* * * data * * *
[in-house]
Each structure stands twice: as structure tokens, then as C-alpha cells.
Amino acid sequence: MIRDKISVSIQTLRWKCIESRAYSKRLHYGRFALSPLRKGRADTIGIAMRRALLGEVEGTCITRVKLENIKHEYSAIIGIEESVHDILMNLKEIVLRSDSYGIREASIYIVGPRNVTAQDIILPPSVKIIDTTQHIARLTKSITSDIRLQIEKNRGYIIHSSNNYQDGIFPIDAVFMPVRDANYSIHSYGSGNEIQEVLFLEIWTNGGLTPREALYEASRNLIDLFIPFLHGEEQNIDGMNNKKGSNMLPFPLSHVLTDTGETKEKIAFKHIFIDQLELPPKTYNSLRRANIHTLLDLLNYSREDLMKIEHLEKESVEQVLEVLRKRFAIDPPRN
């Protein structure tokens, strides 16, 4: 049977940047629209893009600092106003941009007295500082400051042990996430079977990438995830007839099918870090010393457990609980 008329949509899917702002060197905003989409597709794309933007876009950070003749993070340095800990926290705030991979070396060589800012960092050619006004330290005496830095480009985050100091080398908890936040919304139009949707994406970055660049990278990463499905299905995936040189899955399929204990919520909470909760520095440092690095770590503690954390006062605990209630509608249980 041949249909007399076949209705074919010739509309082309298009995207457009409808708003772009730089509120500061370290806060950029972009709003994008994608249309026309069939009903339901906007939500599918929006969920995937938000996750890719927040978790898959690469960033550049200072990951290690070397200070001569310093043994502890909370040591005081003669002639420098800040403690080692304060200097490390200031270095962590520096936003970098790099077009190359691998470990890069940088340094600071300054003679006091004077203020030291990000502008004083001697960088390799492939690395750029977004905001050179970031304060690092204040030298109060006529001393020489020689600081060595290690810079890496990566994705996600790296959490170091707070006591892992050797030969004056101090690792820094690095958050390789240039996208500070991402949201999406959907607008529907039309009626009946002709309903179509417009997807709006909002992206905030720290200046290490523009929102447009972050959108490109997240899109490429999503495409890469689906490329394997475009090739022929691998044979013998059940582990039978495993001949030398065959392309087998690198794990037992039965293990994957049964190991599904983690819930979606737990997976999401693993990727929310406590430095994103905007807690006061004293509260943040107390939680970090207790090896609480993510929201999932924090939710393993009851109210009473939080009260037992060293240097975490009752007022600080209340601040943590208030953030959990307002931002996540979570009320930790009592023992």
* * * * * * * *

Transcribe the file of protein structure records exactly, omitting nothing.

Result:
[in-house]
Each structure stands twice: as structure tokens, then as C-alpha cells.
Amino acid sequence: MIRDKISVSIQTLRWKCIESRAYSKRLHYGRFALSPLRKGRADTIGIAMRRALLGEVEGTCITRVKLENIKHEYSAIIGIEESVHDILMNLKEIVLRSDSYGIREASIYIVGPRNVTAQDIILPPSVKIIDTTQHIARLTKSITSDIRLQIEKNRGYIIHSSNNYQDGIFPIDAVFMPVRDANYSIHSYGSGNEIQEVLFLEIWTNGGLTPREALYEASRNLIDLFIPFLHGEEQNIDGMNNKKGSNMLPFPLSHVLTDTGETKEKIAFKHIFIDQLELPPKTYNSLRRANIHTLLDLLNYSREDLMKIEHLEKESVEQVLEVLRKRFAIDPPRN
């Protein structure tokens, strides 16, 4: 049977940047629209893009600092106003941009007295500082400051042990996430079977990438995830007839099918870090010393457990609980 008329949509899917702002060197905003989409597709794309933007876009950070003749993070340095800990926290705030991979070396060589800012960092050619006004330290005496830095480009985050100091080398908890936040919304139009949707994406970055660049990278990463499905299905995936040189899955399929204990919520909470909760520095440092690095770590503690954390006062605990209630509608249980 041949249909007399076949209705074919010739509309082309298009995207457009409808708003772009730089509120500061370290806060950029972009709003994008994608249309026309069939009903339901906007939500599918929006969920995937938000996750890719927040978790898959690469960033550049200072990951290690070397200070001569310093043994502890909370040591005081003669002639420098800040403690080692304060200097490390200031270095962590520096936003970098790099077009190359691998470990890069940088340094600071300054003679006091004077203020030291990000502008004083001697960088390799492939690395750029977004905001050179970031304060690092204040030298109060006529001393020489020689600081060595290690810079890496990566994705996600790296959490170091707070006591892992050797030969004056101090690792820094690095958050390789240039996208500070991402949201999406959907607008529907039309009626009946002709309903179509417009997807709006909002992206905030720290200046290490523009929102447009972050959108490109997240899109490429999503495409890469689906490329394997475009090739022929691998044979013998059940582990039978495993001949030398065959392309087998690198794990037992039965293990994957049964190991599904983690819930979606737990997976999401693993990727929310406590430095994103905007807690006061004293509260943040107390939680970090207790090896609480993510929201999932924090939710393993009851109210009473939080009260037992060293240097975490009752007022600080209340601040943590208030953030959990307002931002996540979570009320930790009592023992």